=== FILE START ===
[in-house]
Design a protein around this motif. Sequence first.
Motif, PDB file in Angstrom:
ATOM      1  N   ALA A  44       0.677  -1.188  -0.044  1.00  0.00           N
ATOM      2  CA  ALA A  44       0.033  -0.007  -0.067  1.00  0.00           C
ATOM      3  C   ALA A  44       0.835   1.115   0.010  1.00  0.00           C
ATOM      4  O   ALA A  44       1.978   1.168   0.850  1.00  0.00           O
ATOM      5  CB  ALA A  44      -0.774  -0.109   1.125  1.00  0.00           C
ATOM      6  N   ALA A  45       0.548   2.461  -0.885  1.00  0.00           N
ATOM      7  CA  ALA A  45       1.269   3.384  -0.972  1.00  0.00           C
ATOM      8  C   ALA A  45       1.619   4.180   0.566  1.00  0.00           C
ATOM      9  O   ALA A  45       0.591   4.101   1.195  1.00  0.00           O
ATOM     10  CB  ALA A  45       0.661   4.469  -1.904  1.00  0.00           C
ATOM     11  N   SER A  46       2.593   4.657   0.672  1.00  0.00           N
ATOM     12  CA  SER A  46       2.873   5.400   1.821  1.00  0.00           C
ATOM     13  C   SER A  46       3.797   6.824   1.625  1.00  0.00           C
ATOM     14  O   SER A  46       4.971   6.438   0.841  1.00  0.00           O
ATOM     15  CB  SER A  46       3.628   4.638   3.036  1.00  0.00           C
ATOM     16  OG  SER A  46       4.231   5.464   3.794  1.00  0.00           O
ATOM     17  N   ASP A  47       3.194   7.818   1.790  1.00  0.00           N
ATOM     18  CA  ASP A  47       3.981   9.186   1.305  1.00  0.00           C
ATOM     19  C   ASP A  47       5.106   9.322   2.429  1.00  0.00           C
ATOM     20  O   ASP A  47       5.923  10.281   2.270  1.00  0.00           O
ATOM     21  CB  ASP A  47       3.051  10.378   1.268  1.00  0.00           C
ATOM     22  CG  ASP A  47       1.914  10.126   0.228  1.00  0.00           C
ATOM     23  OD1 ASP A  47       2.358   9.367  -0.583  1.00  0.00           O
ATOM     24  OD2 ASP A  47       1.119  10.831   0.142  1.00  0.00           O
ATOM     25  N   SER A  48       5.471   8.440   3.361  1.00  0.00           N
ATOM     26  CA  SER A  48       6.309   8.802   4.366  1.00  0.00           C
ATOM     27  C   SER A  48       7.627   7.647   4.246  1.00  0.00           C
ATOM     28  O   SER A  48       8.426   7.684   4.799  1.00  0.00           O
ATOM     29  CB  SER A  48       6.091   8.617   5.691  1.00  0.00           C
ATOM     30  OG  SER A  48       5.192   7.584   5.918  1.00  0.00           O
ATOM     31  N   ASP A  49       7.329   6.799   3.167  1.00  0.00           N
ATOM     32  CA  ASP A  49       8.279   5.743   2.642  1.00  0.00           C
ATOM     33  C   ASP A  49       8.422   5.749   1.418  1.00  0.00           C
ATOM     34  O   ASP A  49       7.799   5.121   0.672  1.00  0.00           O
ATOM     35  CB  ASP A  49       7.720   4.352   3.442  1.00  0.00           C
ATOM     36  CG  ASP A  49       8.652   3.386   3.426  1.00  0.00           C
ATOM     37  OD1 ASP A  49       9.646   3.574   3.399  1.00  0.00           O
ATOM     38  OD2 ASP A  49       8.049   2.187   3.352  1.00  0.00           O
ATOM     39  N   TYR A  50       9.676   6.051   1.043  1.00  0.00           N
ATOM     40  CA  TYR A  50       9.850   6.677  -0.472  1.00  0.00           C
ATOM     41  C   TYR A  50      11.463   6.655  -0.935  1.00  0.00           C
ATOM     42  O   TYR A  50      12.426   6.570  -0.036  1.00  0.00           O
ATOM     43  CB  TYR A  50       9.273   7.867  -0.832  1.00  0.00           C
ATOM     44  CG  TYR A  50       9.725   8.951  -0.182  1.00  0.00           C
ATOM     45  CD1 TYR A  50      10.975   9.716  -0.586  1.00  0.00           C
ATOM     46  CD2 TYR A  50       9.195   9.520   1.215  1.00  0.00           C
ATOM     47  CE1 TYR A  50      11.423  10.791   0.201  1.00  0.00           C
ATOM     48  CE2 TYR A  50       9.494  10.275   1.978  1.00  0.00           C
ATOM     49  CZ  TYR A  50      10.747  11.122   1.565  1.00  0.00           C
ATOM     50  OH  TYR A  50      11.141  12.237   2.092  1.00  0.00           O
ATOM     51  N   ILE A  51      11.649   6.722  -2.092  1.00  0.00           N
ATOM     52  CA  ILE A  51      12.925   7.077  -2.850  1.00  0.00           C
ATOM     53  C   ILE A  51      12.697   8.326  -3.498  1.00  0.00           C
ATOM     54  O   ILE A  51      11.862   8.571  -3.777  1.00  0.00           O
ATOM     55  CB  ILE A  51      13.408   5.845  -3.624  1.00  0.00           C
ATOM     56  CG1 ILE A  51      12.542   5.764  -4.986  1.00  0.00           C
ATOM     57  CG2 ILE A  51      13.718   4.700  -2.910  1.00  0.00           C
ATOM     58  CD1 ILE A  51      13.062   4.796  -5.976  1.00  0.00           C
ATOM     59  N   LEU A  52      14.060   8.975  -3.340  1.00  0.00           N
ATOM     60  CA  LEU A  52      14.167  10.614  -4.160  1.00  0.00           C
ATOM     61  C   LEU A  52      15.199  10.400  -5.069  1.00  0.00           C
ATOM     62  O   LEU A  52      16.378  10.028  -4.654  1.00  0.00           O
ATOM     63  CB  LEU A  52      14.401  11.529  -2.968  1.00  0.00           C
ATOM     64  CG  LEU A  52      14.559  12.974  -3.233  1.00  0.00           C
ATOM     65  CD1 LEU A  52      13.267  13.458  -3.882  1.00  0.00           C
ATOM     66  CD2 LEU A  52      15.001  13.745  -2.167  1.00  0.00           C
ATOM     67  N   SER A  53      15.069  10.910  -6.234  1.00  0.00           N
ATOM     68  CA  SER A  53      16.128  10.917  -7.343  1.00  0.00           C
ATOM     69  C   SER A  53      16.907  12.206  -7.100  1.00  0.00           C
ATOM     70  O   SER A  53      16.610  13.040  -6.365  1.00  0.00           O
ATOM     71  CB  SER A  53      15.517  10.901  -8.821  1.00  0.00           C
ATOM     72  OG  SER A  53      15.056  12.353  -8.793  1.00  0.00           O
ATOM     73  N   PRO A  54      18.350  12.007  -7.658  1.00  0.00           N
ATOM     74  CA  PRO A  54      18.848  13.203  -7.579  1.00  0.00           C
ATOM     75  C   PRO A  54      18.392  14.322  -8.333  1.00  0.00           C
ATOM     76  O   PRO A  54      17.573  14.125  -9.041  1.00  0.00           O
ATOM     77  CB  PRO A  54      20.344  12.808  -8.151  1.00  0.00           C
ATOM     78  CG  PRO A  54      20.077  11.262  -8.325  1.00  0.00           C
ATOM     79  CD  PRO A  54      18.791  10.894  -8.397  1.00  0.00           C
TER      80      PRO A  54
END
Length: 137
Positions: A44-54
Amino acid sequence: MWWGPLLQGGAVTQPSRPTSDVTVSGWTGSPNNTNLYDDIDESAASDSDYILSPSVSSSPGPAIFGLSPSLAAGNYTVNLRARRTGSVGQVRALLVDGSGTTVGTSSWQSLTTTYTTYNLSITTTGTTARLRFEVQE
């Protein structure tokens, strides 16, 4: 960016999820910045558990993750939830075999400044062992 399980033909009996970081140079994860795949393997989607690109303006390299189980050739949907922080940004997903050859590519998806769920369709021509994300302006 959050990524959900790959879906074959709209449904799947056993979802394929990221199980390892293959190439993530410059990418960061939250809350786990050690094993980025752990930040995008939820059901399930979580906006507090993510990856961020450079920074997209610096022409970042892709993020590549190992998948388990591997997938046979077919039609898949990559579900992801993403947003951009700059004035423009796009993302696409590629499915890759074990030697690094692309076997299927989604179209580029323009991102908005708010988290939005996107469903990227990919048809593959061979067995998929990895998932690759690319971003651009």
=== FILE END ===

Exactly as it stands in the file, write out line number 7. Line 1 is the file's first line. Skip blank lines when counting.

ATOM      4  O   ALA A  44       1.978   1.168   0.850  1.00  0.00           O